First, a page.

The last step in the tutorial is to apply some finishing touches to the rater. We will change the border of the rater shape to black, and change the mouse over border to light gray. The last step would be to enable the drawing of a drop shadow. Drawing a drop shadow is an expensive operation and should only be applied to small raters.

//sets the mouse over border color to light gray.
//sets the standard border to black.
//sets the rater to draw a drop shadow. this is expensive on large raters.


if you are reading this you have made it to the end of the tutorial. The source code and awesome runnable jar containing this demo can be found attached below. A webstart demo and additional information regarding the rater can be found at the Java Swing Components site.

javalobby-rater-skin-demo.jar59.99 KB
CowShape.java6.82 KB
Demo.java8.04 KB
Published at DZone with permission of its author, Rhiannon Liebowitz.

(Note: Opinions expressed in this article and its replies are the opinions of their respective authors and not those of DZone, Inc.)


OrangeBook replied on Sat, 2010/10/09 - 2:43am

This looks like an ad for this product to me...

Andrew McVeigh replied on Sat, 2010/10/09 - 5:07pm in response to: OrangeBook

i think it is, but i for one welcome anything new in the swing space.  great to see new components.

perhaps Rhiannon, you could mention the commercial side earlier in the piece?

great looking components though, really nice.

Rhiannon Liebowitz replied on Sun, 2010/10/10 - 2:25am

I appologise if the article appears misleading implying it is not a commercial component.

In the past, I was contacted to write a tutorial on how to skin the accordion component, this tutorial follows the identical format as the previous tutorial with a nearly identical heading.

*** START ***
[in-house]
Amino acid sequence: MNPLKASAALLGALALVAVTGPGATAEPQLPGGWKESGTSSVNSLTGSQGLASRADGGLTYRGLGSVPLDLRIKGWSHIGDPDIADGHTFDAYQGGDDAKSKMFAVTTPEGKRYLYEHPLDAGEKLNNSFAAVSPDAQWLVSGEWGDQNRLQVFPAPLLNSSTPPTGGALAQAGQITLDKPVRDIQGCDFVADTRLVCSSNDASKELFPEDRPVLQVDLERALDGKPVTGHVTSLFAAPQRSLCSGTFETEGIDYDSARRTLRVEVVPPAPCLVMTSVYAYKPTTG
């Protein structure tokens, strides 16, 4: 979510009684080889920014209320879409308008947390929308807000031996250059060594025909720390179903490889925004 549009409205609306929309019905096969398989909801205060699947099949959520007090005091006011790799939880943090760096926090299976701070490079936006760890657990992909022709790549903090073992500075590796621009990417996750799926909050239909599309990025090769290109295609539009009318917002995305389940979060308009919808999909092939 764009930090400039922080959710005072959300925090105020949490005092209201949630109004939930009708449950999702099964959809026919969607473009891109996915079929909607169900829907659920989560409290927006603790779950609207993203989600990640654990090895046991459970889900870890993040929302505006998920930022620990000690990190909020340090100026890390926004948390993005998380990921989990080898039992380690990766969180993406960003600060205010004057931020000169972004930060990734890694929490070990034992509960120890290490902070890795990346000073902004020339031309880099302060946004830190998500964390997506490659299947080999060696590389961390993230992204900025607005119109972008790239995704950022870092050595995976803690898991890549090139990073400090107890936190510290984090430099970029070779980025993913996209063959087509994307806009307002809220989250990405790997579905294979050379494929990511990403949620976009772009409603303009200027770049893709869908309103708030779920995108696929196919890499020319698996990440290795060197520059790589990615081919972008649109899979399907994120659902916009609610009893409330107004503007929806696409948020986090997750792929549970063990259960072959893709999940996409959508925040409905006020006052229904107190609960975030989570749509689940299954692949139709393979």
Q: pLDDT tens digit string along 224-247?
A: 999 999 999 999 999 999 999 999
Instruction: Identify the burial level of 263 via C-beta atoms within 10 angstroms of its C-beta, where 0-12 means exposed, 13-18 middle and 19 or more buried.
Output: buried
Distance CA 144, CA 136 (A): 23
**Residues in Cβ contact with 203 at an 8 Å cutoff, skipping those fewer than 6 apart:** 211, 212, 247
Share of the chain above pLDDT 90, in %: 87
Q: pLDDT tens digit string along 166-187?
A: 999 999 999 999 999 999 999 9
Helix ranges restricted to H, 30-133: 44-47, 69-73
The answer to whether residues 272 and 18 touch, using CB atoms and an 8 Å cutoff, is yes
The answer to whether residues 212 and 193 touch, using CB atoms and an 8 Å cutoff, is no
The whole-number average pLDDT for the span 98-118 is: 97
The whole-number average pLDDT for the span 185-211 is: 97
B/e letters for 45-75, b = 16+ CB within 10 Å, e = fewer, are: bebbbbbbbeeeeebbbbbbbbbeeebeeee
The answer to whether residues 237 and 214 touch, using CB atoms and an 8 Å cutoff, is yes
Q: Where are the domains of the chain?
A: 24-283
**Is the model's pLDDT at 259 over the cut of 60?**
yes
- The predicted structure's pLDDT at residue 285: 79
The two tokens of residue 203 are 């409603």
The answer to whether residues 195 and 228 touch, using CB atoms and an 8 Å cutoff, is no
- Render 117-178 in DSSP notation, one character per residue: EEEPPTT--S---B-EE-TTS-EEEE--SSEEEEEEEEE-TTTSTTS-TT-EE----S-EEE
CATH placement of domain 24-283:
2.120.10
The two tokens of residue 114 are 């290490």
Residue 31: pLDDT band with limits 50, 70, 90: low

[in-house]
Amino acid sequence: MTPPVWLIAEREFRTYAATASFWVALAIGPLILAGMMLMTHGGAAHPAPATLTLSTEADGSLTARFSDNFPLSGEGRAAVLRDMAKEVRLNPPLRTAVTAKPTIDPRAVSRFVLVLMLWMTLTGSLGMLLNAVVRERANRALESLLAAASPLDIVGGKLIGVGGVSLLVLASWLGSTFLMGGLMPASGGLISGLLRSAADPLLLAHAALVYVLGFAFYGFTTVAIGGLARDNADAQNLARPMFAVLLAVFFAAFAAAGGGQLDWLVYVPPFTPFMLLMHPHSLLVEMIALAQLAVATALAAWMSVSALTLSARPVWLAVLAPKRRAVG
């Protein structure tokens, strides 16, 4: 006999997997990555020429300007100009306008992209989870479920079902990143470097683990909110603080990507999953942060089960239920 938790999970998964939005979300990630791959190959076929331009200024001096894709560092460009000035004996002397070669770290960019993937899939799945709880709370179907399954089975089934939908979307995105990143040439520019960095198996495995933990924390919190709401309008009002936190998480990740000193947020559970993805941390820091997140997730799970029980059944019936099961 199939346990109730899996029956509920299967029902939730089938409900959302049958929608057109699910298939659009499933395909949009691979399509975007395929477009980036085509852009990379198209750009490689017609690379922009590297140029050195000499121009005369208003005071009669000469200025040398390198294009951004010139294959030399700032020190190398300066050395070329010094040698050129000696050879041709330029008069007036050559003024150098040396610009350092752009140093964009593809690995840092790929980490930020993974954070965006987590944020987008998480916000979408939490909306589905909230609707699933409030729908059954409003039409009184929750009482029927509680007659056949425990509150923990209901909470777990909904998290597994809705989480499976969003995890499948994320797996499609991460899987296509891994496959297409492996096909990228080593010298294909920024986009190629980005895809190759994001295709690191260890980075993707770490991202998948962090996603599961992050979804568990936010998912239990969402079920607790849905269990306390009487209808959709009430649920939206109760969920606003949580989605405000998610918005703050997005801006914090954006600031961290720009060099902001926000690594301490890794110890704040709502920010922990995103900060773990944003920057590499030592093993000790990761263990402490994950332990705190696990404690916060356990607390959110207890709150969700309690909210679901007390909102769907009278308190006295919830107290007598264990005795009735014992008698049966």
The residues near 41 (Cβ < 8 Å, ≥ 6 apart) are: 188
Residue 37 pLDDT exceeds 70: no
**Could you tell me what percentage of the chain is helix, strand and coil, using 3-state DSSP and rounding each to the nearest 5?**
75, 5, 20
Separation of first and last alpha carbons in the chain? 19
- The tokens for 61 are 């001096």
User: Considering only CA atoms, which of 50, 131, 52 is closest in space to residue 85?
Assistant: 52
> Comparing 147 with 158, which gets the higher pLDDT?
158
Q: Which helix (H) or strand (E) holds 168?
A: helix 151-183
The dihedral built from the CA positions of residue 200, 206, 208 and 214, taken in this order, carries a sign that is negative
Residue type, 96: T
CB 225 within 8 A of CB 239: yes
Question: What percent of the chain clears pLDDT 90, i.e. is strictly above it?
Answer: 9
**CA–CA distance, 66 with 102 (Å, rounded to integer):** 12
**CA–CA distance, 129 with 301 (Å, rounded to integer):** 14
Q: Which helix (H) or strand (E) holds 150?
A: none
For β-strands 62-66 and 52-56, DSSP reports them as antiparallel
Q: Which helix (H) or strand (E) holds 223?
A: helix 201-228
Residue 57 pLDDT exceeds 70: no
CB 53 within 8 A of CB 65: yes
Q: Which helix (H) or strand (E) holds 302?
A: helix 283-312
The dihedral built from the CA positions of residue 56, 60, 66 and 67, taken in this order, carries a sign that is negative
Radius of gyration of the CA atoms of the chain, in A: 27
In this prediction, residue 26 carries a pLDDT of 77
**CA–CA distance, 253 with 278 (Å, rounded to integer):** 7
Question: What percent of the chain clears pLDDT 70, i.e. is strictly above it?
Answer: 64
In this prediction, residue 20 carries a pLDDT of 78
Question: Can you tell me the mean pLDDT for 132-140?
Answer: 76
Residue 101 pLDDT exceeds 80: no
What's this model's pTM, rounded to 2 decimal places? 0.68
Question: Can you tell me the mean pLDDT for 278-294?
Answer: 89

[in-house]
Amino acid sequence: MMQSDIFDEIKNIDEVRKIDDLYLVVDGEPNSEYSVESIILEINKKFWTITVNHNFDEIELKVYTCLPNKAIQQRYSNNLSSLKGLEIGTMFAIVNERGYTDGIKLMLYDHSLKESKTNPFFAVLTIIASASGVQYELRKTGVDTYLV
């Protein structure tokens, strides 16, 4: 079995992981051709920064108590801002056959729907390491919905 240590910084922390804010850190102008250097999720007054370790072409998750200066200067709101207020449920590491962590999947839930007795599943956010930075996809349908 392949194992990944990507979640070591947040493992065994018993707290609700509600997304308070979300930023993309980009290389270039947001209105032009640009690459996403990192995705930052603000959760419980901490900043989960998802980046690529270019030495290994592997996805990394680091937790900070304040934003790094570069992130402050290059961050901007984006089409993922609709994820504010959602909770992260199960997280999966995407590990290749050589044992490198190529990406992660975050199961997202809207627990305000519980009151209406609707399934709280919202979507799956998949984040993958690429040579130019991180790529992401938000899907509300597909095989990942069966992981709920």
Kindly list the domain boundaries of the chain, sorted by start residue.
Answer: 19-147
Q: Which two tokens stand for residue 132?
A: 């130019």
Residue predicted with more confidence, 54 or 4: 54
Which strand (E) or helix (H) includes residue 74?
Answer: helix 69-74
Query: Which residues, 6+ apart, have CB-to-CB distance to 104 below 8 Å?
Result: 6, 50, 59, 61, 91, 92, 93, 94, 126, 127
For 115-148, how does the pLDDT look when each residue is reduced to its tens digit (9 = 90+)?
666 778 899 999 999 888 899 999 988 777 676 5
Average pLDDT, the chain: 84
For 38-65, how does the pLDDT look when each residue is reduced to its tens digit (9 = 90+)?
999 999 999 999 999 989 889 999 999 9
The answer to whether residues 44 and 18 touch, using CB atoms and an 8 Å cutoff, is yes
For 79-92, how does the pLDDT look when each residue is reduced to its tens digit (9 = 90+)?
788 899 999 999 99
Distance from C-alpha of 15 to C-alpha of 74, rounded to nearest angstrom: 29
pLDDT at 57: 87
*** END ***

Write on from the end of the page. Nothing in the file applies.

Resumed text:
If you prefer I would mention that it is a commercial component earlier on, I would be happy to do so.

The reason I wrote this this tutorial was because I decided it would be fun to see if I could emulate the tucows rater, only later did it occur to me to change it into a tutorial. I recommend giving the demo jar a run as it is pretty fun clicking on the cows :-)

I plan on writing a series of custom swing component tip articles next that will have nothing to do with any of my existing components, that will be purely knowledge sharing.

Andrew McVeigh replied on Sun, 2010/10/10 - 3:13pm in response to: Rhiannon Liebowitz

If you prefer I would mention that it is a commercial component earlier on, I would be happy to do so.

I don't mind either way - it would probably help to inform people that it isn't generic swing.

I plan on writing a series of custom swing component tip articles next that will have nothing to do with any of my existing components, that will be purely knowledge sharing.

Good stuff!  Looking fwd to the custom components stuff, and the generic swing tutorials too.

Khent Johnson replied on Fri, 2011/09/02 - 5:42pm

Awesome! This is a superb tutorial which I truly enjoys reading every bit of info that's layout there. I've been using Java Swing Components rater in my few assigned projects though I wasn't aware of this step of changing the rater's skin. I must try it then. Reputation Advocate